President of Oxford’s LGBTQ+ Society, Amiad Haran Diman, confirmed that the group had received death threats after promising to protest at professor Stock’s address. But despite their fears, Diman insisted they would continue: “I don’t care about Kathleen Stock and I don’t care about Oxford Union. They love attention. But I care about the trans members of my community who need to know someone has their back. Someone is caring for them. So that’s what the protest is about.”
Meanwhile, other protestors at the event made the bizarre assertion that they were not opposed to Stock’s right to freedom of speech, merely the use of the OU platform to express ‘anti-trans views.’ Pick the bones out of that!
Somewhat surprisingly, in these weak-stomached times, the OU refused to buckle to pressure (despite having their funding cut by the students’ union, and being banned from the university’s freshers’ fair). This meant that Tuesday’s address was met by the usual trans protest. Swathes of men in ill-fitting dresses gathered to ‘bravely’ contest women’s opposition to having their voices silenced, their sports hijacked, their safe spaces invaded, and male rapists invited into their prisons.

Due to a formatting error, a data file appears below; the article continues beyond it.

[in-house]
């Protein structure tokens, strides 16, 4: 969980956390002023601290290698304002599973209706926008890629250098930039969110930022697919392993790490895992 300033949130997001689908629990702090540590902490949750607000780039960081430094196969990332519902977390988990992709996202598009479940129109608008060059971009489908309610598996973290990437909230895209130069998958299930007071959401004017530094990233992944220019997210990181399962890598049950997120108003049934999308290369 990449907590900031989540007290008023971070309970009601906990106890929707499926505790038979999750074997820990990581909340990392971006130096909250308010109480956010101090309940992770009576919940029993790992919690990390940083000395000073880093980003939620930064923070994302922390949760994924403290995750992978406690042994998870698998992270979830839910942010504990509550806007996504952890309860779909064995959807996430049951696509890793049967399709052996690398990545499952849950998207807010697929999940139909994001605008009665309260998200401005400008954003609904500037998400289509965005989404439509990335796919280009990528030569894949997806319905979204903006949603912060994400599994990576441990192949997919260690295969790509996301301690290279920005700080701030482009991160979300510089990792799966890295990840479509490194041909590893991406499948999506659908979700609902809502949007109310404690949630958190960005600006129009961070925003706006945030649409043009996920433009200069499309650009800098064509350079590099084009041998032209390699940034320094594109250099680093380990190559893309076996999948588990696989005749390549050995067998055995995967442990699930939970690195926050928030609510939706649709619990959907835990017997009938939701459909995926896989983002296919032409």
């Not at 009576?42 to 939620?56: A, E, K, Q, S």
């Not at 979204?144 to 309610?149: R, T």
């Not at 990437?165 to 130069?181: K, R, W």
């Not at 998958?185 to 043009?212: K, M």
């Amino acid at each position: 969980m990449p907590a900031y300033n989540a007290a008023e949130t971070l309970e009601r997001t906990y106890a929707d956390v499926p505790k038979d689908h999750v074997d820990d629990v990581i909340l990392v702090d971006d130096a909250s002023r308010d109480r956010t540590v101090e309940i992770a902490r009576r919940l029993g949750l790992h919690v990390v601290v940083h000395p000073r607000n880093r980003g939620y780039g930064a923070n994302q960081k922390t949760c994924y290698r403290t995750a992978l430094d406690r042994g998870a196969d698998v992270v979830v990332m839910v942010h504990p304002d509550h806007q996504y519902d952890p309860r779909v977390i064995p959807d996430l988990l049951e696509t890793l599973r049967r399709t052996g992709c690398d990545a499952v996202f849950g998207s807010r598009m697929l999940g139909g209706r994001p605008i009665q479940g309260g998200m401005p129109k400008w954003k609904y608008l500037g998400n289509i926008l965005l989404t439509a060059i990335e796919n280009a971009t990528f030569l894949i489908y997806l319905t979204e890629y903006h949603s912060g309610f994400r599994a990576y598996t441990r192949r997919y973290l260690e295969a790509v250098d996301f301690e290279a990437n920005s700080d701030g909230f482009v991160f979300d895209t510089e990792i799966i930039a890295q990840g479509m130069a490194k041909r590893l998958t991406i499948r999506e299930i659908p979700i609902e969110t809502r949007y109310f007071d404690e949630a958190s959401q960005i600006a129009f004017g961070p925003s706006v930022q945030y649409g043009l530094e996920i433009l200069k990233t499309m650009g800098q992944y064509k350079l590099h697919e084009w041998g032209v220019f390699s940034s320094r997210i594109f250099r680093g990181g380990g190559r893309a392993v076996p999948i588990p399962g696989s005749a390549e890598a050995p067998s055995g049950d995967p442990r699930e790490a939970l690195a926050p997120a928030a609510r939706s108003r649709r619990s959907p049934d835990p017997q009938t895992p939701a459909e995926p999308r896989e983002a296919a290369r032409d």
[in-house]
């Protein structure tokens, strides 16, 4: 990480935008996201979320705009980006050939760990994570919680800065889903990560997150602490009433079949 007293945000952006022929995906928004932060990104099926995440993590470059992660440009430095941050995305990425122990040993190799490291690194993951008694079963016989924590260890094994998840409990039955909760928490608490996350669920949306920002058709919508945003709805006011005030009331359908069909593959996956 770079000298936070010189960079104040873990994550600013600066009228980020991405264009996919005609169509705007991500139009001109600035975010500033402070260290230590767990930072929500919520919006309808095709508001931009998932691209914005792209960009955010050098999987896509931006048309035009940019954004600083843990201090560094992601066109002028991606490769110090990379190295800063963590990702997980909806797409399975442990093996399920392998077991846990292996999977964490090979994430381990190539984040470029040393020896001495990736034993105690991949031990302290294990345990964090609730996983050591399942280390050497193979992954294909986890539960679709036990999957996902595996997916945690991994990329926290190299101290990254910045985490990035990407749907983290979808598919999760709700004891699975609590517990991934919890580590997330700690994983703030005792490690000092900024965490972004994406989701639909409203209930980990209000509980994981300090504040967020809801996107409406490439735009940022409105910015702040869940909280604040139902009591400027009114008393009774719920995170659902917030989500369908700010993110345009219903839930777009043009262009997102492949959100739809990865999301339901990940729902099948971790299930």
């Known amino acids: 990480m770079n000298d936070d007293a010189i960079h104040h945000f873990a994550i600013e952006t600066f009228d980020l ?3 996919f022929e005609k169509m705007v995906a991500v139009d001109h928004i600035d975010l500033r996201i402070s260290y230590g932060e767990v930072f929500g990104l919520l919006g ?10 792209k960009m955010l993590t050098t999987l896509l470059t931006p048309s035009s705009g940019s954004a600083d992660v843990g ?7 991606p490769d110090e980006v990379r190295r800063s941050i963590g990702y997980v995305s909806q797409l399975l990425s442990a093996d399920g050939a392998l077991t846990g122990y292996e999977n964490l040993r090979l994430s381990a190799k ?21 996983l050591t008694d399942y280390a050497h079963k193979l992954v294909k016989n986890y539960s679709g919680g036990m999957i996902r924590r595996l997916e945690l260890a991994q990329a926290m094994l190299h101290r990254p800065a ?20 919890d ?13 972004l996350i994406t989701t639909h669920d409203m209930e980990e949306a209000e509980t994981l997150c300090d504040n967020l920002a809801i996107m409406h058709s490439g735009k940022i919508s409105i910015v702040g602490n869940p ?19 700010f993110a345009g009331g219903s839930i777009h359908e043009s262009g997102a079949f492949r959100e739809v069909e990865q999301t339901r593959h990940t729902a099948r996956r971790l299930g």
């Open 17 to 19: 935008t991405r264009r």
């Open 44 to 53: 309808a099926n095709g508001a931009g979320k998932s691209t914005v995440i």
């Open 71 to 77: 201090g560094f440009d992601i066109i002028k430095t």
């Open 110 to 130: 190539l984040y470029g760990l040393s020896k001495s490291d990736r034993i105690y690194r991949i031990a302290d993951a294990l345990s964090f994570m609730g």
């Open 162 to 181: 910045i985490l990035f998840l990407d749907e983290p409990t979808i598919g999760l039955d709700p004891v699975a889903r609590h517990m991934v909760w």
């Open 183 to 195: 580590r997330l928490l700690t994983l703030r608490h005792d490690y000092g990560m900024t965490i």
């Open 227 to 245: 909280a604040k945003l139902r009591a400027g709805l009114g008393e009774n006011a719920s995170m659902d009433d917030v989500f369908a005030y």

Far from the extremist lunatic she is painted as by her opponents, Stock appears eminently sensible, like the majority of the public with whom her views no doubt coalesce. Stock is not remotely interested in preventing trans people from living their best life, but she draws the line at having her speech impeded, or her reality compromised. This is what she actually said during her address.
On transphobic violence:
We have far more racist violence than we have transphobic violence in this country. That is a message that has come through trans-activism uncritically, by many a media outlet, and it’s backed up by Stonewall surveys where they ask people: have you ever felt aggressed?’ So a lot of surveys are based on reported feelings and that’s not the way you would normally look at levels of violence. It’s complicated, because obviously convictions are not going to absolutely represent crime. But certainly, you shouldn’t just go around to a bunch of people and say “Do you feel like you’ve been the victim of a hate crime lately?” Particularly not when you’re telling them that a hate crime is being misgendered.
On the dangers to women:
But even if I grant you that assumption, I’m afraid it doesn’t follow that people who are subject to violence are not violent. I think you need to talk to the criminologists. If you take the number of transwomen in prison in Britain, and you get the same stats in the U.S. statistics, at least 50% are in there for sexual assault. That’s a higher rate than the average man. That is not to say that I’m saying there is something about being a trans woman that makes you violent. I am saying that we need to look at the evidence.